It would be technically feasible, but it might not be practical.
If you were to have customers sign up for an account and then transfer funds into that account, you could issue each user a card with an embedded radio frequency identification transponder employing the Near Field Communication (NFC) protocol. Each card could contain a random serial number linked to that user’s account. When the customer paid his or her account, the application would determine the account associated with that particular NFC serial number and debit the purchase amount.
The challenge would be that retailers would require a point-of-sale (POS) device able to read an NFC transponder. A number of credit-card companies currently offer credit and debit cards with embedded RFID transponders, and there are POS terminals that can read these cards. But you would need to obtain permission from the financial institutions providing those terminals in order to enable consumers to use them, and it is unlikely that they would offer that to competitors.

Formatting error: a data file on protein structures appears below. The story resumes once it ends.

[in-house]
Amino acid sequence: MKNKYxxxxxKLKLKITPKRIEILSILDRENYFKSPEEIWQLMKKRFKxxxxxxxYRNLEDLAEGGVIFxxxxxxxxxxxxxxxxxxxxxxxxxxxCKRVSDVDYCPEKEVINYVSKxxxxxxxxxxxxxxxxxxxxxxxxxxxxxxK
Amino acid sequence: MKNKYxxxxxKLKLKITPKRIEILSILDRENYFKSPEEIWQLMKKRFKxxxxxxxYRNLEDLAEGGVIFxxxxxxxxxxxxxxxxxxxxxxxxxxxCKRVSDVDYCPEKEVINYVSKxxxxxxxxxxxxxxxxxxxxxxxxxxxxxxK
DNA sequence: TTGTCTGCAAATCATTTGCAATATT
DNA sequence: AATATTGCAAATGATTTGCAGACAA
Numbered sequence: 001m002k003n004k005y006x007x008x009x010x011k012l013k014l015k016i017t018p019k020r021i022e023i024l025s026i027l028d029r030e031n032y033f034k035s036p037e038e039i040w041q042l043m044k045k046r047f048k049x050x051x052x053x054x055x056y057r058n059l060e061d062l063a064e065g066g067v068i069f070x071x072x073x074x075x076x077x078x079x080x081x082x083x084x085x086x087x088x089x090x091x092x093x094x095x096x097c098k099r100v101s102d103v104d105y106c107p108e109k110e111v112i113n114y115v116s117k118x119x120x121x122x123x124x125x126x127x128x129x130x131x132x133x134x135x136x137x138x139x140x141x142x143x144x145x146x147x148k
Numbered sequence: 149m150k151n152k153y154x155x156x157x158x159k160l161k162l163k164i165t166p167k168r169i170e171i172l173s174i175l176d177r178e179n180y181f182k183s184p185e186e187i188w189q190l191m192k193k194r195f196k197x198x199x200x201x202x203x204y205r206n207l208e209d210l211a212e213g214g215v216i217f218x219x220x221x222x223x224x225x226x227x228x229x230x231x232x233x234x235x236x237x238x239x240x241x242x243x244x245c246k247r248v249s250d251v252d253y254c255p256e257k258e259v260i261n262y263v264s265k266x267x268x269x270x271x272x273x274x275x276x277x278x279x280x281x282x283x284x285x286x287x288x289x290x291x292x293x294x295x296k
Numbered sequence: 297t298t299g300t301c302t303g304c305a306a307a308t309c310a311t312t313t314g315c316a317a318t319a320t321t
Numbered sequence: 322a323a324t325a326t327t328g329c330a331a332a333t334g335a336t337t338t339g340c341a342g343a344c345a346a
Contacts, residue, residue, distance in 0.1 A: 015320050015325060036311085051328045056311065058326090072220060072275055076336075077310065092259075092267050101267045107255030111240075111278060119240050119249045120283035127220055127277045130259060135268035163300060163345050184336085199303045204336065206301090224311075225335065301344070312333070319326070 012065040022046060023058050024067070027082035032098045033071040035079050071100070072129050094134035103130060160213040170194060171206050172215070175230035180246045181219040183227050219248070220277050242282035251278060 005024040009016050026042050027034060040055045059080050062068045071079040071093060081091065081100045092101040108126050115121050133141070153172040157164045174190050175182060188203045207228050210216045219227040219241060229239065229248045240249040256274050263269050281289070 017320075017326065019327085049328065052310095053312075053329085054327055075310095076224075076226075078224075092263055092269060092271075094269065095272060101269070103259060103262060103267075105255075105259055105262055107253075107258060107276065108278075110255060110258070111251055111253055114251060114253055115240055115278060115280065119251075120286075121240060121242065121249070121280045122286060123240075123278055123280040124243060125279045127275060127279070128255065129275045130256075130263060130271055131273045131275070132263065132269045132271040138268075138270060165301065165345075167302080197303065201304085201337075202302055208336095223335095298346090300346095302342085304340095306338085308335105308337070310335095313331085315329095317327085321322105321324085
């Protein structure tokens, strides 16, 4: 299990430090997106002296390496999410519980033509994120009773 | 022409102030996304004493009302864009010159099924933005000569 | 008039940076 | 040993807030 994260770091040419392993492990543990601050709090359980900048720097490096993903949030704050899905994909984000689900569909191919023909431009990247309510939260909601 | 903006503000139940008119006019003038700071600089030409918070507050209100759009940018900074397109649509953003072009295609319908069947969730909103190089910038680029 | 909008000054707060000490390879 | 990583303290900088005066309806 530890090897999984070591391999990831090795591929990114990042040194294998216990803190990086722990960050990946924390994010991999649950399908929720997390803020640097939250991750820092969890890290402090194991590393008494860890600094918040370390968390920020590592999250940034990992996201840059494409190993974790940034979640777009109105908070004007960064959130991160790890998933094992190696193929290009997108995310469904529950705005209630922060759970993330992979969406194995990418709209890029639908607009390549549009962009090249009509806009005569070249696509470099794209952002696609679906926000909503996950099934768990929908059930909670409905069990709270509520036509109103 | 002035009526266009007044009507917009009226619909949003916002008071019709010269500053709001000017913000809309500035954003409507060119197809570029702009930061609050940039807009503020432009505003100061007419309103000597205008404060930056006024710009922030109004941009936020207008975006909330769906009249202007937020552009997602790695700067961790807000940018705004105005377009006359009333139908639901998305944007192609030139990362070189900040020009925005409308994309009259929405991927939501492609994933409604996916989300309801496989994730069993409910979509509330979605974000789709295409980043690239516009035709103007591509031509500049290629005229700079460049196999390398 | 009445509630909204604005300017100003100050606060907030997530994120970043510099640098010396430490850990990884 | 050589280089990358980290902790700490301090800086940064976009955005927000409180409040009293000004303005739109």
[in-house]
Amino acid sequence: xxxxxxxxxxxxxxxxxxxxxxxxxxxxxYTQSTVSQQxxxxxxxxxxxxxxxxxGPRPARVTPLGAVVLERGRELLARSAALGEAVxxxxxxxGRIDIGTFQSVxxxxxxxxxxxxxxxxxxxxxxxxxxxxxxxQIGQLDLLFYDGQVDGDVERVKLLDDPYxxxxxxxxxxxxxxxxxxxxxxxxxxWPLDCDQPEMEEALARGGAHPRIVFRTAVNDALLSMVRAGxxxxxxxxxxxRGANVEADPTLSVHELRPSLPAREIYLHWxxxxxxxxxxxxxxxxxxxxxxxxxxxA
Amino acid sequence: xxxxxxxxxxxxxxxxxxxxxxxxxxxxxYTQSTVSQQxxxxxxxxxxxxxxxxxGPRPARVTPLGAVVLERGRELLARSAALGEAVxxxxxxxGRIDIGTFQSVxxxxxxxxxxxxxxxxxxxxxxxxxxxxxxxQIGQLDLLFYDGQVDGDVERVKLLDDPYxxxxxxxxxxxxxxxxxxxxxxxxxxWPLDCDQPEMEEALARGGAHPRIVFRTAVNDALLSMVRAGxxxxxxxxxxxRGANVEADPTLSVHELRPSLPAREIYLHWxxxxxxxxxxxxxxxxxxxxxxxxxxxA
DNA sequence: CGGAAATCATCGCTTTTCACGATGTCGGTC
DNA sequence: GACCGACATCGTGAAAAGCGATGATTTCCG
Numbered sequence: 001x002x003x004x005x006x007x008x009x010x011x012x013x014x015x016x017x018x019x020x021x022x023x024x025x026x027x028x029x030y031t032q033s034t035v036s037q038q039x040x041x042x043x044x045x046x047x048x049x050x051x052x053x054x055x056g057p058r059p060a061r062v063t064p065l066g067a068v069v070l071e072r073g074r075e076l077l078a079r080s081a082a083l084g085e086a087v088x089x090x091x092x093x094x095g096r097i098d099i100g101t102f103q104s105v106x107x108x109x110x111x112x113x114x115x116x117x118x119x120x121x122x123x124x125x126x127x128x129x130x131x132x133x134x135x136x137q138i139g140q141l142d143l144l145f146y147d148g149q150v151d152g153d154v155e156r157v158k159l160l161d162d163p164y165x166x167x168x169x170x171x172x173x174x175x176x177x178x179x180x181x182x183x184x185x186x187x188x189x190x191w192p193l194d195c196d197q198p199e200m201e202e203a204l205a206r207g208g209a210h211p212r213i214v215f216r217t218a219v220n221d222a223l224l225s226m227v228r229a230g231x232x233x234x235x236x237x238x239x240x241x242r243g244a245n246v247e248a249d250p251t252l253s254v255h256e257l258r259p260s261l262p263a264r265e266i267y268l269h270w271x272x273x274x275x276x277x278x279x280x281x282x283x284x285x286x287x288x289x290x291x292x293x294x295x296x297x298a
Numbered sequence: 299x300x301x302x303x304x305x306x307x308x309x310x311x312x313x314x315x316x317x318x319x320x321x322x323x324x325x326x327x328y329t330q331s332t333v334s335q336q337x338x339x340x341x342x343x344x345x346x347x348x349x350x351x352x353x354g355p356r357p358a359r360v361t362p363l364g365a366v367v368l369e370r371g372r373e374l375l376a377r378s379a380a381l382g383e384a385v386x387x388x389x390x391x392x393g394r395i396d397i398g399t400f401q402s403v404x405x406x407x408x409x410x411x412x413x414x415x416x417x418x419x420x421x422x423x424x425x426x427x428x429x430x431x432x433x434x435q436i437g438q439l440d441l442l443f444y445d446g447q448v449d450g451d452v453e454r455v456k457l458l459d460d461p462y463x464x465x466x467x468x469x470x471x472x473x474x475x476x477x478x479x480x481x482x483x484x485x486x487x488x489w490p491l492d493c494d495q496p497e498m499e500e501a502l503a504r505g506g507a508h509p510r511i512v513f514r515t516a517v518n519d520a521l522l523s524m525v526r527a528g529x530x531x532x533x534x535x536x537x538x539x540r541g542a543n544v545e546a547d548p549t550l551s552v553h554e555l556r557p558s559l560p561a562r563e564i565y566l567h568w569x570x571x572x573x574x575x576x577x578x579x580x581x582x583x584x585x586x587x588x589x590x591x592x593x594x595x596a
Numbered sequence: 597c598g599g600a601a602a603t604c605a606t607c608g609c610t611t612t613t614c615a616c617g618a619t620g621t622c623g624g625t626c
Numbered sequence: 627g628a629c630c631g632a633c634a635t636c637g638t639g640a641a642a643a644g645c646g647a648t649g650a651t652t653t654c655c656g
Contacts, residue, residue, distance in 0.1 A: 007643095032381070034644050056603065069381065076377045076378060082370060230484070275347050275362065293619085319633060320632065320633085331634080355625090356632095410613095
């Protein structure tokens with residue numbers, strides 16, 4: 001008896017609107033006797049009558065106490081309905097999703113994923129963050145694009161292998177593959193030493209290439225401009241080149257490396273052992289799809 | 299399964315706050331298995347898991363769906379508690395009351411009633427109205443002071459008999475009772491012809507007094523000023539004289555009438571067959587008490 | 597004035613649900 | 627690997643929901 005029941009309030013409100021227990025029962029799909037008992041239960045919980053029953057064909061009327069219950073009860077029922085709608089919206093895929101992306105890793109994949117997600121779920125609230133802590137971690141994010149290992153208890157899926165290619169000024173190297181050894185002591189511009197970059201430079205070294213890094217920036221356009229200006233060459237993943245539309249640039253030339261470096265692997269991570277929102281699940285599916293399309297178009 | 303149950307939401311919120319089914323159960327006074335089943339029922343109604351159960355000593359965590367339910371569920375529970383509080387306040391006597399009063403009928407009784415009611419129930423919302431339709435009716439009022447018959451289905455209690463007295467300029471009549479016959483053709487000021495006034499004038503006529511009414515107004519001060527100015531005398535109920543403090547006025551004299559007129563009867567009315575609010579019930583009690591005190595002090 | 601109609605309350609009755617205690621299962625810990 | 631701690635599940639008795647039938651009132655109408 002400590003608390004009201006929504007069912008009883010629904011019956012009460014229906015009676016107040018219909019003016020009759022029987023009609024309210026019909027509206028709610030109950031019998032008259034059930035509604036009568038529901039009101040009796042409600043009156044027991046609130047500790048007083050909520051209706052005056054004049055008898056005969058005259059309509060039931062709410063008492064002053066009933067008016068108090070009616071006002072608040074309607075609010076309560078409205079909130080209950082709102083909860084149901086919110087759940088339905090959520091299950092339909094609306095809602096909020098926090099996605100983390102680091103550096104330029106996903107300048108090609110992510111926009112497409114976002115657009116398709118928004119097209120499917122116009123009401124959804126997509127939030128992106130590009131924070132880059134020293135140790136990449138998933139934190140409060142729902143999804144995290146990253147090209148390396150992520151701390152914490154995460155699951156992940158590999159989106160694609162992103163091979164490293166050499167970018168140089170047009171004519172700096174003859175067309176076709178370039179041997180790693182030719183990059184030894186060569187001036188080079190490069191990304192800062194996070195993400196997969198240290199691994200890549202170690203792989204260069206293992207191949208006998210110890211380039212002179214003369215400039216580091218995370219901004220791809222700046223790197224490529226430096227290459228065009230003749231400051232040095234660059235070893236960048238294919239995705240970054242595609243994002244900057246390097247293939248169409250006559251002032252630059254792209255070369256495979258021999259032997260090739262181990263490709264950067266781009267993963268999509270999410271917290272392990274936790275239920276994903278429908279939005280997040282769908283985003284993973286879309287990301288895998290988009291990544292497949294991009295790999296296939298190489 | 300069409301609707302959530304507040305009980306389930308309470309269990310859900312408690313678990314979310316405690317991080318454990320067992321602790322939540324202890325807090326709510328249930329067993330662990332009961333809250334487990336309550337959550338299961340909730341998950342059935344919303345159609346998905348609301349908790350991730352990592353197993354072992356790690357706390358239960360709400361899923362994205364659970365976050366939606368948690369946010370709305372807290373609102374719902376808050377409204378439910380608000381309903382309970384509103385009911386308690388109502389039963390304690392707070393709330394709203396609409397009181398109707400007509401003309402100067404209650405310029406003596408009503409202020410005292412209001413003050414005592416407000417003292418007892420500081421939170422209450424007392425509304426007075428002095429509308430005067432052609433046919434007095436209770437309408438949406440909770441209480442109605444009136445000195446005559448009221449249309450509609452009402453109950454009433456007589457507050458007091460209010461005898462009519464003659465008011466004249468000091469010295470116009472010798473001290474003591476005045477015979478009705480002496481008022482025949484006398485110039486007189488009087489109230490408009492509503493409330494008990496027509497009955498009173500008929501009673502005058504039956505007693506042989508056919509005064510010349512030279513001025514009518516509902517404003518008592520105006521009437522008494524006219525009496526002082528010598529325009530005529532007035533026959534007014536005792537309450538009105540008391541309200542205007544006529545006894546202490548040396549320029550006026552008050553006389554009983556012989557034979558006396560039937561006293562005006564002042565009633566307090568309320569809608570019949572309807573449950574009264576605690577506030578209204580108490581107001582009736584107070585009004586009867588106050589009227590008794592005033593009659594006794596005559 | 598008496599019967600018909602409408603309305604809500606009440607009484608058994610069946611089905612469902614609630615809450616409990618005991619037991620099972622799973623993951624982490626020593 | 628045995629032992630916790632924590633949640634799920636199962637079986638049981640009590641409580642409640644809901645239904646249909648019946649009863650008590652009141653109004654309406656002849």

Another alternative would be to provide retailers with a dedicated terminal for your institution. That, however, would be an expensive proposition. What’s more, retailers might not want to put another terminal on their checkout counter, unless a sizable portion of their customers wanted to use your system.
—Mark Roberti, Founder and Editor, RFID Journal
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